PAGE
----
When the term blockchain is thrown around, most people think about Bitcoin, Ethereum, and other cryptocurrencies that often populate headlines. While blockchain technology gained popularity and recognition in the area of cryptocurrencies and financial transactions, at its core, the technology has applications far beyond this narrow subset.
What is Blockchain Technology?
Blockchain is a decentralized ledger that is spread across a peer-to-peer network and relies on consensus of the ledger (list of transactions) among each computer on the network or node. Essentially, it is a large public data base that confirms individual transactions by seeking approval by all the members of the network rather than a central authority. Blockchain is simply the most common implementation of this decentralized ledger technology. In blockchain, each block in the chain or ledger contains specific transactions that are implemented into the chain. Each block contains a cryptographic key that serves as an ID and also links to the block before it, thereby creating the chain. This chain effect creates the security because in order to change one block, all blocks after it must be changed, requiring a massive computing effort that grows the farther down the chain a block is.
One particular field where blockchain technology could potentially lead to changes is the field of intellectual property. Intellectual property includes patents, trademarks, and copyrights which all use a central registration system that relies heavily on dates of registration and application. In this way, it is very similar to the electronic payment system that led to the development of cryptocurrencies. Due to this similarity, there is speculation that incorporating blockchain in intellectual property systems could lead to benefits similar to what is seen in the cryptocurrency space. However, there are some key differences that may make it difficult to implement a universal system like this.
If a universal decentralized ledger for intellectual property rights could be created, the benefits would likely be great. Most importantly, this would create a ledger that incorporates rights without regard to geographic boundaries. One of the most difficult aspects of this area of the law is that acquiring broad coverage requires filing in multiple countries and following the specific procedures and nuisances of each. Even just searching and transacting for these rights requires accessing each individual country’s system. Additionally, a blockchain system would allow detailed tracking and logging of specific dates publicly without disclosing specific content. Finally, if approval could be achieved on a decentralized consensus basis, huge administrative costs would be eliminated.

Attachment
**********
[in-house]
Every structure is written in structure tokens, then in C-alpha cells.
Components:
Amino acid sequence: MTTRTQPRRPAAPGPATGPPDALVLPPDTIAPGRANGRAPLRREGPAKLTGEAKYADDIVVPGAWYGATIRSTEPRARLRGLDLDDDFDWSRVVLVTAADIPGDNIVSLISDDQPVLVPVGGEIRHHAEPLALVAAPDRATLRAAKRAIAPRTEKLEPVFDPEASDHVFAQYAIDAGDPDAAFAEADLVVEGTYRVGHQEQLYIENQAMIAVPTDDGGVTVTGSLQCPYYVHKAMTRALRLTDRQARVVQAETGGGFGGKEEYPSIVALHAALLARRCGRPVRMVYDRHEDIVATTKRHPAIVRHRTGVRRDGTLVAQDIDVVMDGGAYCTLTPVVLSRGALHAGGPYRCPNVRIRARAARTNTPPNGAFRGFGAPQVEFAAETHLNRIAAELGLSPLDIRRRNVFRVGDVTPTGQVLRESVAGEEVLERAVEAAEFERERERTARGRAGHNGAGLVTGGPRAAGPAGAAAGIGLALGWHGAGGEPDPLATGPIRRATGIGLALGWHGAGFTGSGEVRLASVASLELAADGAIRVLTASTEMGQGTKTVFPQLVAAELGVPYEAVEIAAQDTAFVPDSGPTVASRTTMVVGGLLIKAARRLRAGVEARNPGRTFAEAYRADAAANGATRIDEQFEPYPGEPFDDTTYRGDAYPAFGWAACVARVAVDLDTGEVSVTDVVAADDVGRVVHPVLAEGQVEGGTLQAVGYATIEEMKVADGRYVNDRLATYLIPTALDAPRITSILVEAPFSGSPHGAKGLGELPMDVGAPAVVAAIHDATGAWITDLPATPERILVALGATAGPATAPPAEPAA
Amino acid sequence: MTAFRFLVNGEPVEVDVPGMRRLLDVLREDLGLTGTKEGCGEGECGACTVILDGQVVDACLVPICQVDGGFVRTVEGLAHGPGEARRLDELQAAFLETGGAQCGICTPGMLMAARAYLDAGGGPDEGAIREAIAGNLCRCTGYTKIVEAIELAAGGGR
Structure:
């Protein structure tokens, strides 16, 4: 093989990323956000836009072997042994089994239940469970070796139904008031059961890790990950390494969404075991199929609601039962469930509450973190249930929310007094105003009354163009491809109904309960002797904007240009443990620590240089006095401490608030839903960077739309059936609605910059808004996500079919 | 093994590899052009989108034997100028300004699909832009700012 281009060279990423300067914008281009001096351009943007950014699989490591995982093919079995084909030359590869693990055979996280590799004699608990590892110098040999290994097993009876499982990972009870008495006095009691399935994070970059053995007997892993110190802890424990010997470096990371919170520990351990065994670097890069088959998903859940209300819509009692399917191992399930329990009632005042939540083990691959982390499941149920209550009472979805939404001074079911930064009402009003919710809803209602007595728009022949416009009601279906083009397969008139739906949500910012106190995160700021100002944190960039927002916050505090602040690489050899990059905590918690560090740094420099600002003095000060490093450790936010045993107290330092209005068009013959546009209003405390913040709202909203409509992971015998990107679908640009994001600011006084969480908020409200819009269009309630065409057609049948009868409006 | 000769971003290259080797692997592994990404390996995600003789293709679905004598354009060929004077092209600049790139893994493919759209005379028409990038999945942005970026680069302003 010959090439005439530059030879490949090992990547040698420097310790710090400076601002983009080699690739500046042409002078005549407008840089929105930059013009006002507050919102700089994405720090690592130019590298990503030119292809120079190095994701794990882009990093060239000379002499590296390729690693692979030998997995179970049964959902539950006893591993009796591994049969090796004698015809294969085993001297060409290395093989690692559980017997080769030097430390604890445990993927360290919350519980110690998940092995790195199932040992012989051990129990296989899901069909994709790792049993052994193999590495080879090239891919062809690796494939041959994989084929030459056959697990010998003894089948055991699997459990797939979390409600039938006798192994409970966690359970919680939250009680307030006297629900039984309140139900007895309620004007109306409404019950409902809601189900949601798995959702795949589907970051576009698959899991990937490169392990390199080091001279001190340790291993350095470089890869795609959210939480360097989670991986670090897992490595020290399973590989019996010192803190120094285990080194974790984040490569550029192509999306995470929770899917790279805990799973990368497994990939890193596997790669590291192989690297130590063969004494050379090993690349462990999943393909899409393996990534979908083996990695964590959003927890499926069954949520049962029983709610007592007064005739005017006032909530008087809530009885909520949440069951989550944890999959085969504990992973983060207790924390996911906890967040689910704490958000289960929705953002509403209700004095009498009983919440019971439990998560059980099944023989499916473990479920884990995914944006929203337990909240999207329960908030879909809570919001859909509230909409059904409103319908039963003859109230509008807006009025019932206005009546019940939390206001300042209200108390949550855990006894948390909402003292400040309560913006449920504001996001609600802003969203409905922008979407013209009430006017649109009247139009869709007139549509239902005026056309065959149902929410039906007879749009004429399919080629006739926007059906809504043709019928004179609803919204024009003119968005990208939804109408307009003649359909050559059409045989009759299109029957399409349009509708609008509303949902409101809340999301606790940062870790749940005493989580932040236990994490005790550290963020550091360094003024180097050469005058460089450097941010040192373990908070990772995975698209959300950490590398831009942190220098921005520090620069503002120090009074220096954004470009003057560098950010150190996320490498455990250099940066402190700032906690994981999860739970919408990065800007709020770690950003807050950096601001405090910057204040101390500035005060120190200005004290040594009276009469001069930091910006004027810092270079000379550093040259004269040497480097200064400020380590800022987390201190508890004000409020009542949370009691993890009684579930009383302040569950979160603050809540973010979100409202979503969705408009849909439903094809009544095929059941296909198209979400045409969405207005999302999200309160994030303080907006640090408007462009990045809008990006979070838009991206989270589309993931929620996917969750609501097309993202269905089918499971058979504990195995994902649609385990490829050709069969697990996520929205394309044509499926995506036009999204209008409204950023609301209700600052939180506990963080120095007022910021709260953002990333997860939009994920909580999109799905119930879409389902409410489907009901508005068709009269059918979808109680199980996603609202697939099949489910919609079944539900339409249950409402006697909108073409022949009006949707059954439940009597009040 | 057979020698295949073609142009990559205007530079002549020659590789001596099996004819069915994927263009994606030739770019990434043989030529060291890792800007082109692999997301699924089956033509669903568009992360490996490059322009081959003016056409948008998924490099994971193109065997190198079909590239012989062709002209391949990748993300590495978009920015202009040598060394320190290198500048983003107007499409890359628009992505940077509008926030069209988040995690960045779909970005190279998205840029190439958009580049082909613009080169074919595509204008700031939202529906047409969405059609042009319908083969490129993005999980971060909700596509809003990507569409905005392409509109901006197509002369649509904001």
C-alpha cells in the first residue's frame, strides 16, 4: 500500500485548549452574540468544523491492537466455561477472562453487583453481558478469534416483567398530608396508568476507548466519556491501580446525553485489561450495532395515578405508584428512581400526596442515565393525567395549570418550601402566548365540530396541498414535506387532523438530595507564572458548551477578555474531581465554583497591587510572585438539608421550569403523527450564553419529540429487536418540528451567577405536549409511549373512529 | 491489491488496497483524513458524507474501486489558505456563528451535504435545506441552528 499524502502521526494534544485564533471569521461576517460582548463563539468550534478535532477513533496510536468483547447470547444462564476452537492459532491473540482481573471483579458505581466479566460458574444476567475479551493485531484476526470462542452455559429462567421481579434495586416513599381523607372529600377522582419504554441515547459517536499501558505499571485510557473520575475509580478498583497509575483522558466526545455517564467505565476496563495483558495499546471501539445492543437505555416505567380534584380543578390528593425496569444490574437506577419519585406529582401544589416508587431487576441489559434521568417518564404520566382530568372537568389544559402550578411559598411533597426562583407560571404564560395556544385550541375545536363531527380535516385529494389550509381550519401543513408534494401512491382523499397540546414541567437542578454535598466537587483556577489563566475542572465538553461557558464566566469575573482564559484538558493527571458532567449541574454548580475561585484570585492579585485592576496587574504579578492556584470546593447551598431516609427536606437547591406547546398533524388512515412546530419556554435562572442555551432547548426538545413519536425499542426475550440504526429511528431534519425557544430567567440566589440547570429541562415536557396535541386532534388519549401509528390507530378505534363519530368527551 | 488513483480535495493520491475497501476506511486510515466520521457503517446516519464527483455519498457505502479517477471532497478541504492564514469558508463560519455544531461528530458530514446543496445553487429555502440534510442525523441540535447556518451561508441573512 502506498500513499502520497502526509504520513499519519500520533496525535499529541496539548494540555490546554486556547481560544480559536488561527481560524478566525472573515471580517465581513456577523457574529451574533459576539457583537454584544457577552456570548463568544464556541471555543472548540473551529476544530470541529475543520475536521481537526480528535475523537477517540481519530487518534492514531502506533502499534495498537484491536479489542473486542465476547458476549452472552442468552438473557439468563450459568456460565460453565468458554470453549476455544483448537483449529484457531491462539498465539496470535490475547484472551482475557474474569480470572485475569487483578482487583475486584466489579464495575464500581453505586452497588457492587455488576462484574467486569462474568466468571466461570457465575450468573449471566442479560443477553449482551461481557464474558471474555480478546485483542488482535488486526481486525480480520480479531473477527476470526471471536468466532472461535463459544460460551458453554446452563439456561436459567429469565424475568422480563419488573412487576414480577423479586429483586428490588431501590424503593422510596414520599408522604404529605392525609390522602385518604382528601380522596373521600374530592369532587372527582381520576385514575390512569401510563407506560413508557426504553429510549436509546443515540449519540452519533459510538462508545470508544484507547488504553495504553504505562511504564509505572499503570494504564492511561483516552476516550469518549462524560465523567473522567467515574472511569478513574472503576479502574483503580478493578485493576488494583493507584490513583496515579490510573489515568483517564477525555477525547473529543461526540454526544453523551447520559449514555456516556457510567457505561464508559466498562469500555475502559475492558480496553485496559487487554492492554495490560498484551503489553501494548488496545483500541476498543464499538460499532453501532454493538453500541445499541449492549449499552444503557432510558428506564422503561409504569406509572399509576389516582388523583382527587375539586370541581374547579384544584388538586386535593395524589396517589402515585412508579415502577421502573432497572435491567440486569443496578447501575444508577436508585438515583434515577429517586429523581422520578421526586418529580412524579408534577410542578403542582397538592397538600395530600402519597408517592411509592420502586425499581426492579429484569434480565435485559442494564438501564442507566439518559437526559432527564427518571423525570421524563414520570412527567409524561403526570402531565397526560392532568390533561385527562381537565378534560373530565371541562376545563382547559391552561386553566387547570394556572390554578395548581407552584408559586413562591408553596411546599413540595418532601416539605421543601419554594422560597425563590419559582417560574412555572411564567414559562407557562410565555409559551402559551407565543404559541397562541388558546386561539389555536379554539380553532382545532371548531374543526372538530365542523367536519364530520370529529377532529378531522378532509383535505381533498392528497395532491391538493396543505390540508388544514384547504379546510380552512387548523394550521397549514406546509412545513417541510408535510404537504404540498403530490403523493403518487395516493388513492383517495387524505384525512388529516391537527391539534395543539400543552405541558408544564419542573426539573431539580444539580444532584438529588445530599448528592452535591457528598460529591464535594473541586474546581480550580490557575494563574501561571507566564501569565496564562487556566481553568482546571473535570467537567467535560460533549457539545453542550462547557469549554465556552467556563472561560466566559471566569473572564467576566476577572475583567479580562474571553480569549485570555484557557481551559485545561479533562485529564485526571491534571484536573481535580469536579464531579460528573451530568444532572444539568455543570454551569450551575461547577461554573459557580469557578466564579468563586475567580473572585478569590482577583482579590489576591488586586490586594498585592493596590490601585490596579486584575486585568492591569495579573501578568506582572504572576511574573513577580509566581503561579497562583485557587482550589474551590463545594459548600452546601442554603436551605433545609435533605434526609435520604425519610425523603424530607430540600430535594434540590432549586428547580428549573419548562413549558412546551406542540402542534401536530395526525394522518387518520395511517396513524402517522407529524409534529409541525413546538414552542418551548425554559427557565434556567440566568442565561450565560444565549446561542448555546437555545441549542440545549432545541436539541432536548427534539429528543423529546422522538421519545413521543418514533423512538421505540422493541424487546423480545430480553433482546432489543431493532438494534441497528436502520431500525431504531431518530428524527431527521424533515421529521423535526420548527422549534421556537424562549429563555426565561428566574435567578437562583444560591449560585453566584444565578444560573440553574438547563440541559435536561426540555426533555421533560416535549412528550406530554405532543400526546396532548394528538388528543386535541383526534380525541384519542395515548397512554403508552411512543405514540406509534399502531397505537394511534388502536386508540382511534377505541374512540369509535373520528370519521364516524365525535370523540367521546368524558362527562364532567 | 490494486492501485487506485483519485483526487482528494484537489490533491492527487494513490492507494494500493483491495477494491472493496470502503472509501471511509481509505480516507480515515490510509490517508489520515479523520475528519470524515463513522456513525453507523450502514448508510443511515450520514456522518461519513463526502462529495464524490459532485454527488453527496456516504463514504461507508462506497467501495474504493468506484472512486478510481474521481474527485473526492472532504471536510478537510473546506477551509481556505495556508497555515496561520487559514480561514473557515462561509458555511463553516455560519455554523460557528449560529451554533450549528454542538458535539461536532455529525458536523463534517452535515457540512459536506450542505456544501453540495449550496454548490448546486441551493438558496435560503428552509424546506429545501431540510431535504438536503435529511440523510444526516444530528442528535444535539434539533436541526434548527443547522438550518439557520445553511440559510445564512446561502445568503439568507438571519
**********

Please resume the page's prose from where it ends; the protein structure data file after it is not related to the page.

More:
A major obstacle to this type of system is that there are no universal standards for intellectual property rights. Although steps have been taken to make the different systems interact more fluidly, the laws and procedures vary from country to country. This makes it impossible to implement a ledger that incorporates rights across many countries. Additionally, there is not a clear way to validate transactions. This is one big difference from cryptocurrency because the process is much more complicated than just checking that there are sufficient funds available that have not been previously spent. Specifically, with patent law, the application process typically involves several interactions with the Patent and Trademark Office and revisions to the submitted application. This hurdle is smaller for trademarks and copyrights since there is less agency involvement and more reliance on public opposition. Regardless, the current system was created in an era without the great digital technologies available today and would need to be revisited to facilitate such changes.
What is Happening Currently?
While these challenges mean that a universal decentralized ledger on the blockchain is not likely in the near future, there are still other ways to utilize blockchain technology in more targeted ways. There are several companies looking to improve current intellectual property systems by adding blockchain features rather than by disrupting the entire system. These implementations often focus on copyrights and trademarks since these involve simpler registration processes—but smaller aspects of the patent market, such as licensing, are also being addressed.
For example, Binded takes copyright registrations and logs them on the blockchain. This allows them to create a permanent, immutable, and readily available record of the registration. Bernstein is a company offering a blockchain solution for registering documents tied to intellectual property. Registering records on the blockchain tie these records to an immutable date without making the information public—as it is locally encrypted. IPwe is another company creating a blockchain platform to allow for more efficient licensing practices for patents. The platform allows users to offer licenses for patents that they have registered on their blockchain and allows buyers and sellers to connect and transact with smart contracts on the platform.
These companies show that although implementing the entire intellectual property system on the blockchain may not be feasible at this time—both from a technical and regulatory perspective—pieces of these systems can be improved incrementally by blockchain implementations.